You Overestimated Your Tolerance

People new to massage and people seeing a new bodywork provider are more likely to misjudge their limit and less likely to speak up if they are uncomfortable. Whether they assume most massage will be feather-light and skin-deep, or whether they incorrectly believe massage treatment must be painful to be effective, many people insist they “like a lot of pressure” or want the therapist to “dig in.”

Neither of these requests, if they are truly your preference, is wrong or inappropriate. It’s helpful for massage therapists to have some idea of what clients are expecting from treatment and how to proceed. But if you realize you’re feeling more aches and pains after a massage as you were before the session, this may indicate the treatment was beyond your tolerance.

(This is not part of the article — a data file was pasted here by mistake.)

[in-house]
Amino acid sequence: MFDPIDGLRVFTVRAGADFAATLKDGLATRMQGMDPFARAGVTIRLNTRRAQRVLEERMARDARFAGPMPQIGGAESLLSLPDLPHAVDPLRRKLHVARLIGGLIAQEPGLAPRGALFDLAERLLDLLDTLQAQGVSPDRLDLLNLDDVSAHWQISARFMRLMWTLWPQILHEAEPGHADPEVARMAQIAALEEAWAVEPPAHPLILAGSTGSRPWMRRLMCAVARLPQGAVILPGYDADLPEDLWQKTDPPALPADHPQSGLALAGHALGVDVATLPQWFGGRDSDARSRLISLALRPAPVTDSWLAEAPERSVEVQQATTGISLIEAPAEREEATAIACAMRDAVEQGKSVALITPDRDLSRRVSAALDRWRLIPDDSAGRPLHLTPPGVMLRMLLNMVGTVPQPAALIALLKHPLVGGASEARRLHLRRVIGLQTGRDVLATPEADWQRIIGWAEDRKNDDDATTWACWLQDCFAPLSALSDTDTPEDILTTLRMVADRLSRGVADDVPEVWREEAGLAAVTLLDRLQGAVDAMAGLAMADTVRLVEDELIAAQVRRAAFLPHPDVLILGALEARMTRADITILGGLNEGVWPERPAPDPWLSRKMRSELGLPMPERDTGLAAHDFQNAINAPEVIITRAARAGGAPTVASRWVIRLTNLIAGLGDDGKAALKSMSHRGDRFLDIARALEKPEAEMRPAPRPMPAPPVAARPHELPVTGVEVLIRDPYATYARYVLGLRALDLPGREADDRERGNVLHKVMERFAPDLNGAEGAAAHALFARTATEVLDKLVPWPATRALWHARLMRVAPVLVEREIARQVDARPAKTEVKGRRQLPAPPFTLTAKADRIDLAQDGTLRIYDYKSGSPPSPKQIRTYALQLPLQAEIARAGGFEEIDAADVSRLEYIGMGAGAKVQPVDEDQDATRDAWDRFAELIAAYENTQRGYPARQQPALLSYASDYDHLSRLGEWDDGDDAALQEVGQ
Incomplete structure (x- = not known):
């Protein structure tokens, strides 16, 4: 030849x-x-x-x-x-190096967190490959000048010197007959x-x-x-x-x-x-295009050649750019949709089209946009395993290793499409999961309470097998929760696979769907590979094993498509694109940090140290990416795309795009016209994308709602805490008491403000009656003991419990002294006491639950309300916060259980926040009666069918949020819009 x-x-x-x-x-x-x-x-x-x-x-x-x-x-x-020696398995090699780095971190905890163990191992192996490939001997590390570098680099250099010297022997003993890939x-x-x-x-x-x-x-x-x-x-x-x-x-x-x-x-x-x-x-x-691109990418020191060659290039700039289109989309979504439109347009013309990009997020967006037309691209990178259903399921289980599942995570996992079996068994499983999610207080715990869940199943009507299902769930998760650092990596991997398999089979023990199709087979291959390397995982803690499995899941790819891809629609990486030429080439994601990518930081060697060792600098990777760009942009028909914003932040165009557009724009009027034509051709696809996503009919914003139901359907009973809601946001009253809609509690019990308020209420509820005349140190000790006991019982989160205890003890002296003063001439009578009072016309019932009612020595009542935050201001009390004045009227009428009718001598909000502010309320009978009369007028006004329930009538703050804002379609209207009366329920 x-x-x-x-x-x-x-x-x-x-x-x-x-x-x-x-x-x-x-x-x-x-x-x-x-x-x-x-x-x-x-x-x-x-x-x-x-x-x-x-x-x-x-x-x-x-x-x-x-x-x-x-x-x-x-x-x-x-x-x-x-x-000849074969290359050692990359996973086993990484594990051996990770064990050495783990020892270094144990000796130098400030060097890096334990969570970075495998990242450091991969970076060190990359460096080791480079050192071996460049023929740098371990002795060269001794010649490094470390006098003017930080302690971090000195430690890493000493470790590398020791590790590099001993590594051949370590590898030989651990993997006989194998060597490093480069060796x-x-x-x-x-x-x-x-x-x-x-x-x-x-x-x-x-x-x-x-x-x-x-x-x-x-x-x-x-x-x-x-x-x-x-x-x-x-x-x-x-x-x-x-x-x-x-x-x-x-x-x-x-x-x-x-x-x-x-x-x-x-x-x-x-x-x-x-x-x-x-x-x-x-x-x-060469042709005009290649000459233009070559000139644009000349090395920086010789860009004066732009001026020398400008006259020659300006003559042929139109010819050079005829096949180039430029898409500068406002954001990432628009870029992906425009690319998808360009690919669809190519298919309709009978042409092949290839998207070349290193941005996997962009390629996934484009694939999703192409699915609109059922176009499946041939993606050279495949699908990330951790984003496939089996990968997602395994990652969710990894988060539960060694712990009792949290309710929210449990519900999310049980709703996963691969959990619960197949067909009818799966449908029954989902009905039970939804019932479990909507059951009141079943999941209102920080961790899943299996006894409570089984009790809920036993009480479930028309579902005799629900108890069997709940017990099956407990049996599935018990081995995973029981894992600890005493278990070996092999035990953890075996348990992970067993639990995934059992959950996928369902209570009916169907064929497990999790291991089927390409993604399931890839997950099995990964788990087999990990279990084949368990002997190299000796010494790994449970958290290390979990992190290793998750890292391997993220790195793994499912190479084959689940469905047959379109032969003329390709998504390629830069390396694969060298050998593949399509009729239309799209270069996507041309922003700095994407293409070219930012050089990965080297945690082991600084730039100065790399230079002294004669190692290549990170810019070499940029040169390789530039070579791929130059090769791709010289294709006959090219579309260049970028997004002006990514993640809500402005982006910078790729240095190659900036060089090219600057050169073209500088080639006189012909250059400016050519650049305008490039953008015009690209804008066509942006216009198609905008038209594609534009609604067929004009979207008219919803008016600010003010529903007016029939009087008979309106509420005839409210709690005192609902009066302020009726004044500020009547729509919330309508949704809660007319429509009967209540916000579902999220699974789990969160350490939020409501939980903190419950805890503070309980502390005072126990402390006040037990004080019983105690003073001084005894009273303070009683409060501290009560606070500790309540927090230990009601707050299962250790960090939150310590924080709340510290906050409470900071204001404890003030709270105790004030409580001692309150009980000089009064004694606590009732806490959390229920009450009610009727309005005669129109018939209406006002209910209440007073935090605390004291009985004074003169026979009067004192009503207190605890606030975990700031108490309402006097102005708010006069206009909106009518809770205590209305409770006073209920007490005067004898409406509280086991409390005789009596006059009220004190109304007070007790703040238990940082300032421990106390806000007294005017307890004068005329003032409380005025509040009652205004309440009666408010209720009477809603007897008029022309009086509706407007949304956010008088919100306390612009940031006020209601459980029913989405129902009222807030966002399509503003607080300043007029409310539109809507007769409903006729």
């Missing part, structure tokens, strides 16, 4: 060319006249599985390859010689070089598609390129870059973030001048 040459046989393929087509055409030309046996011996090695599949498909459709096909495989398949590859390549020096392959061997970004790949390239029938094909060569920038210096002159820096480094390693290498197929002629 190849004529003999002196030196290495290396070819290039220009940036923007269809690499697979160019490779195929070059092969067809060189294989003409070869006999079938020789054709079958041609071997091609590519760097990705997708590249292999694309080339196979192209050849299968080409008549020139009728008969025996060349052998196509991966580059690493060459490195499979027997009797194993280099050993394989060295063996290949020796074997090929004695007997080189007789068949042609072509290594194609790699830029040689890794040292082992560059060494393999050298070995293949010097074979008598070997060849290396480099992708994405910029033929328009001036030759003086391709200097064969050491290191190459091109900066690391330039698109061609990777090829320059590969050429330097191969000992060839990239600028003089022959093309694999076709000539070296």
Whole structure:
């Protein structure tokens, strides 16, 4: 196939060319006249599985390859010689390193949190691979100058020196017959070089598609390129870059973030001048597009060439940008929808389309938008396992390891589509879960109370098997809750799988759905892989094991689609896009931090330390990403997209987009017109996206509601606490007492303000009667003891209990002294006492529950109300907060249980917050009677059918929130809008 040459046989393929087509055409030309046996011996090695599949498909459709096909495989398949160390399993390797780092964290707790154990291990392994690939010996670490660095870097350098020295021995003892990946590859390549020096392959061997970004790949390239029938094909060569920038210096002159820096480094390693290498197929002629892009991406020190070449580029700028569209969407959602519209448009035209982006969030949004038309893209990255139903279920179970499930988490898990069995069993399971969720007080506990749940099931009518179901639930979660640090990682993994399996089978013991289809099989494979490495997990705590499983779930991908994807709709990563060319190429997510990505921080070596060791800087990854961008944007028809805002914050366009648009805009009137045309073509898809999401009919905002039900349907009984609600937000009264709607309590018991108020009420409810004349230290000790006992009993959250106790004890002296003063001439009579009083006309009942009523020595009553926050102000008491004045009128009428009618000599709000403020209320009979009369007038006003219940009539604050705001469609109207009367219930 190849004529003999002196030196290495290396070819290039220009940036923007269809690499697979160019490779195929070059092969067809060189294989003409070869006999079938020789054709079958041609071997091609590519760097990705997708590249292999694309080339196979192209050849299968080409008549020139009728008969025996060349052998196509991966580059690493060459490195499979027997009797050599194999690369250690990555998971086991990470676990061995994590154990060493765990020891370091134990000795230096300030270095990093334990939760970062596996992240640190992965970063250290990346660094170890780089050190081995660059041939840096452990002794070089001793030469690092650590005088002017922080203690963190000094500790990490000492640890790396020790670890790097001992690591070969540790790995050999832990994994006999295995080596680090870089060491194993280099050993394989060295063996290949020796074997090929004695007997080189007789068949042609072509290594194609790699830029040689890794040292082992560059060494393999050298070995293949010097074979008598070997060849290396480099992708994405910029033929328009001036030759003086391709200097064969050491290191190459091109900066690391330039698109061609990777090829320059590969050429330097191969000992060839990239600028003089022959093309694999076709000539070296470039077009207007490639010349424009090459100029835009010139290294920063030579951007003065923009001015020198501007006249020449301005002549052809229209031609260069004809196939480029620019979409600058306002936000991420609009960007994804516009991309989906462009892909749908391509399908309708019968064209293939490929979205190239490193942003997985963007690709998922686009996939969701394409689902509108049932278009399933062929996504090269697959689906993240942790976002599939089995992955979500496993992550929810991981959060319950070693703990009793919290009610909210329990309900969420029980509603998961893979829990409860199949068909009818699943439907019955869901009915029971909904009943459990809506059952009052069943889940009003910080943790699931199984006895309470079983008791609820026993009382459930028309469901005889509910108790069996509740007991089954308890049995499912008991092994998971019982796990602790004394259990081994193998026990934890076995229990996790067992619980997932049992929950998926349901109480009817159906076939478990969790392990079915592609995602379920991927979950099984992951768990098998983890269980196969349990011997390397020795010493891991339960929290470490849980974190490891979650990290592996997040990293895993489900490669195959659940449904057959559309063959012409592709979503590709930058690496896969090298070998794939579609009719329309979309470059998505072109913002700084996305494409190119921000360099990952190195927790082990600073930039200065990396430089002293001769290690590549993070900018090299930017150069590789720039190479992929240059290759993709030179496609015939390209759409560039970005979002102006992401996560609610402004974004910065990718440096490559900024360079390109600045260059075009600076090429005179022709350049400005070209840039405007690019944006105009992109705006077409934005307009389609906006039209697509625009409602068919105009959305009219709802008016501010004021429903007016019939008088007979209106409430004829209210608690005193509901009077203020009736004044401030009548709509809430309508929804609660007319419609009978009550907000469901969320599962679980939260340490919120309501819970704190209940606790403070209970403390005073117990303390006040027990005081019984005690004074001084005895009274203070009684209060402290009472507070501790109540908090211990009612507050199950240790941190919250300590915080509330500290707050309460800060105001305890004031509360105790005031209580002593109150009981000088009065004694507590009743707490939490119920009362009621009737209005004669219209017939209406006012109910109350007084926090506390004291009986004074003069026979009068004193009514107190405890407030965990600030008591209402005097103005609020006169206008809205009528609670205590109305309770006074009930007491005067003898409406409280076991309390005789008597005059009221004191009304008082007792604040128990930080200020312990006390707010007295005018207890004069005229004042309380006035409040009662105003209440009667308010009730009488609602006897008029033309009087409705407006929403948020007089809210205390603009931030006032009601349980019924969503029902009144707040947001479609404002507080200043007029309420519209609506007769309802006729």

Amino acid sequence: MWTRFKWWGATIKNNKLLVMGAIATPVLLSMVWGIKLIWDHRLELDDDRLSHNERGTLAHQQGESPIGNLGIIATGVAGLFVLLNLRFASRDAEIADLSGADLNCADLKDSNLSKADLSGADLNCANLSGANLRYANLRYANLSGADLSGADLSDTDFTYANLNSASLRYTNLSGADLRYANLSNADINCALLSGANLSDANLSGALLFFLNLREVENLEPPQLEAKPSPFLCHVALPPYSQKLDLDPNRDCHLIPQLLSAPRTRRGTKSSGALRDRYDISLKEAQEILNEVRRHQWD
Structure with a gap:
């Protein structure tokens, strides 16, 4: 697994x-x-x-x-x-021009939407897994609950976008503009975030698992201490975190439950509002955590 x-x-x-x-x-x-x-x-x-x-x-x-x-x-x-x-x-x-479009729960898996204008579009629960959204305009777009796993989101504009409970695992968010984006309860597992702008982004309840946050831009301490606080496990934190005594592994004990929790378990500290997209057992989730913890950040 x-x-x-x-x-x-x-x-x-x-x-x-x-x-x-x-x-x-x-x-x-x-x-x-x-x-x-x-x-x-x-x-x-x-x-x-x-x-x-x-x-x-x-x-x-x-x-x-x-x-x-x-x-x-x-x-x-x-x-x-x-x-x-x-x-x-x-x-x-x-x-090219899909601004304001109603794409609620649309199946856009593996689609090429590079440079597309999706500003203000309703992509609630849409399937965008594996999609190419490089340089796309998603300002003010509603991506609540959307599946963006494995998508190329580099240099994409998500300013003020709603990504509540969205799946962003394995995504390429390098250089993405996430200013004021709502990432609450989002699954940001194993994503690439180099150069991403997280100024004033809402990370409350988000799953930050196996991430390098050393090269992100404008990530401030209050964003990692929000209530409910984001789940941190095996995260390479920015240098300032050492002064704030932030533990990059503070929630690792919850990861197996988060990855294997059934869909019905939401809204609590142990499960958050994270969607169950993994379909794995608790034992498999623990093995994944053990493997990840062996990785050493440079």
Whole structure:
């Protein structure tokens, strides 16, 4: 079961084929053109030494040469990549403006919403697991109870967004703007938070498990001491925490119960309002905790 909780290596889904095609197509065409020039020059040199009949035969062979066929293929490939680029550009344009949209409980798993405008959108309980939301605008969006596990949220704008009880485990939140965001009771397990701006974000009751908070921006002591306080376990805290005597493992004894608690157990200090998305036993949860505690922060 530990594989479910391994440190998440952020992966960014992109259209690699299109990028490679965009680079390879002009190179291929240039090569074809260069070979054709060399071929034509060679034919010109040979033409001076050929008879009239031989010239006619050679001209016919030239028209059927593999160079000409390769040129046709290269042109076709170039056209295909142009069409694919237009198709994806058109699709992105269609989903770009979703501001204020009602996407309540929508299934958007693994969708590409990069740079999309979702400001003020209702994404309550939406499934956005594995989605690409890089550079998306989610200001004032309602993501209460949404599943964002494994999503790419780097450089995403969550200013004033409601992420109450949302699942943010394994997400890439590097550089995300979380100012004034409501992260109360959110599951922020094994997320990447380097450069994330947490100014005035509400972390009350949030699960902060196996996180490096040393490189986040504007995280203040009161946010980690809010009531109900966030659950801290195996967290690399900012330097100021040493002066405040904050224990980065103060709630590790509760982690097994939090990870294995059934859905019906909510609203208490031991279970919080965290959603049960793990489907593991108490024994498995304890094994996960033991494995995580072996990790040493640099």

The Therapist Overestimated Your Tolerance

Bodywork professionals are trained to “read” tissues, paying special attention to resistance in the muscles and fascia and easing up when they feel tension. Usually, a massage therapist will work up to the allowance of your body, but not beyond. But if the therapist does not feel resistance, does not adjust accordingly, or works deeper before your body is open to it, tissues may sustain microtrauma that can result in later soreness.

Massage therapists generally are not interested in pushing limits, seeing how much clients can take, or in any way making treatment challenging. If the professional you see continues to misjudge your tolerance or push beyond a level you’re comfortable with, make sure they are aware of your unease, and consider finding a new therapist if soreness persists after your sessions.